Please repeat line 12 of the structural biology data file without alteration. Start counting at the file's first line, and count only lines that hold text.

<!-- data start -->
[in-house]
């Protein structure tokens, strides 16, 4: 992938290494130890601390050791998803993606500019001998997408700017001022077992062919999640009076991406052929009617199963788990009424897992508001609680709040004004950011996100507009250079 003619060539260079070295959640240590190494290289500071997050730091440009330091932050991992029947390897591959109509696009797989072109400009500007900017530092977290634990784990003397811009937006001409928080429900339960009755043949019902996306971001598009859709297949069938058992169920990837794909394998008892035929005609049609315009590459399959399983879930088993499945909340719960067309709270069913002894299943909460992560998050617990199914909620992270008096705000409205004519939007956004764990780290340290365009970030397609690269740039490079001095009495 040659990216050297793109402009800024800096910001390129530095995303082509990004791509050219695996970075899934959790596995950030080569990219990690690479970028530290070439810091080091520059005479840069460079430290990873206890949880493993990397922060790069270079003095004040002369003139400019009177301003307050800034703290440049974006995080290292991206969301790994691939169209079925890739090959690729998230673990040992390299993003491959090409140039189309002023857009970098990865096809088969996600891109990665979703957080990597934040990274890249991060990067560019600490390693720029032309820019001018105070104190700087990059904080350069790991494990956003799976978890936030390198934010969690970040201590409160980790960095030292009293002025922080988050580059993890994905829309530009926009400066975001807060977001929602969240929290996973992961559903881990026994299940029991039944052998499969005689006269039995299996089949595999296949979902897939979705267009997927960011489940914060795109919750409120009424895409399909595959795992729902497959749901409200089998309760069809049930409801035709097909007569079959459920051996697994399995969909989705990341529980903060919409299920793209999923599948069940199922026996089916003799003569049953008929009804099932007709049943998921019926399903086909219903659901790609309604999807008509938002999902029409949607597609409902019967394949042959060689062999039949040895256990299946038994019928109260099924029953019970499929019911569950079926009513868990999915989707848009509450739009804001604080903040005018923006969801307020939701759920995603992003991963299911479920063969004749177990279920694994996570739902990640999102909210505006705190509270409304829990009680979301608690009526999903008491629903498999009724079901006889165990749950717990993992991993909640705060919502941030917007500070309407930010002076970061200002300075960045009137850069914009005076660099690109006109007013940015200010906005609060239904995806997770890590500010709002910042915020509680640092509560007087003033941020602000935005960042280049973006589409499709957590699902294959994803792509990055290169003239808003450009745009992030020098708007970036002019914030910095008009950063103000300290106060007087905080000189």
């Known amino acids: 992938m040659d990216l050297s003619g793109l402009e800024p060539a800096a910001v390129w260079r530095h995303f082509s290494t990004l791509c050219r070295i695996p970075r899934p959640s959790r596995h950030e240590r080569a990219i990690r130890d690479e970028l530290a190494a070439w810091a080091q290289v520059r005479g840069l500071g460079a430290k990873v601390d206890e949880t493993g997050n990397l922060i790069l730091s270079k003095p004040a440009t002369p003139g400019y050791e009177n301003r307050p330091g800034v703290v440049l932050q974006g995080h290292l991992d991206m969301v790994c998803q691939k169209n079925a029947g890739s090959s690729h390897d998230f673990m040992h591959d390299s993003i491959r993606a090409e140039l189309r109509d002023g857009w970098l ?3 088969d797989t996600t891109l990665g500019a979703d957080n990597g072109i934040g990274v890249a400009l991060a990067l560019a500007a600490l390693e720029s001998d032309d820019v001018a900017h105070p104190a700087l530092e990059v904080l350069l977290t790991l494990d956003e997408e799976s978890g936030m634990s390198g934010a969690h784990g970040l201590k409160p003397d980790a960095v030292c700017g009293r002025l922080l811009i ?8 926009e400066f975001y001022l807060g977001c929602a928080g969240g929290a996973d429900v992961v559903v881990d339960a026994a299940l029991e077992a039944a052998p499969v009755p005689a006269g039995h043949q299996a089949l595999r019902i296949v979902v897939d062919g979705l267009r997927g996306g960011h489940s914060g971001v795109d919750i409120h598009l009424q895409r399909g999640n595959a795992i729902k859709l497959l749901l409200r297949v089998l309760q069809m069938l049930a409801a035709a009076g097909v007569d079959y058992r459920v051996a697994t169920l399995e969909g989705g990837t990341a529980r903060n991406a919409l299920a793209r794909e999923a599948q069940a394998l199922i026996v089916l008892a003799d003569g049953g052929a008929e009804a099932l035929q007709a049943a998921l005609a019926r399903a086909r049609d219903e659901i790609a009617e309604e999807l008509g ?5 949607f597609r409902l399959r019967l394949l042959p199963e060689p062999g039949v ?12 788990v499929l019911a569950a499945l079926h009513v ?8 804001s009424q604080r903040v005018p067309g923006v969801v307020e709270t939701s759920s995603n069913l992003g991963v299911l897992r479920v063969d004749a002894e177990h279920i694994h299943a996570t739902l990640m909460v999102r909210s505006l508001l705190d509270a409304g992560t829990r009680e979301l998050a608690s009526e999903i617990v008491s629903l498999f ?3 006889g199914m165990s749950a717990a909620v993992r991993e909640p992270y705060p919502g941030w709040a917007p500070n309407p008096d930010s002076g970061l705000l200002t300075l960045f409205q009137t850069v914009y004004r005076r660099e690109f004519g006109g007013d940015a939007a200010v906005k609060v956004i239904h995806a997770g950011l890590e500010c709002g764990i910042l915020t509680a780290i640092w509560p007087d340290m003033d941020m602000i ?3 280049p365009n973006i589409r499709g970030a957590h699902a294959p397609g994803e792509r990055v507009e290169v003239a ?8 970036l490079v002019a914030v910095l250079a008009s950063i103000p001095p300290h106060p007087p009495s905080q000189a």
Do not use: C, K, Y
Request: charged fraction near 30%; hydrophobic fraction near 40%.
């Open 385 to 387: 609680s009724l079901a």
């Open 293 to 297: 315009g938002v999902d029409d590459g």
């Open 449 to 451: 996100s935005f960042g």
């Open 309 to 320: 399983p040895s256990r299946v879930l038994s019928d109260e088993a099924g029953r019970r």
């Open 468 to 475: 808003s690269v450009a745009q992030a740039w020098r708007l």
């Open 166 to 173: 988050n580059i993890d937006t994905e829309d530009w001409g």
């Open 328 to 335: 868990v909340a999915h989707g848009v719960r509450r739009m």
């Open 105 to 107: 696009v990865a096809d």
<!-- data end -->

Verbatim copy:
């Open 328 to 335: 868990v909340a999915h989707g848009v719960r509450r739009m």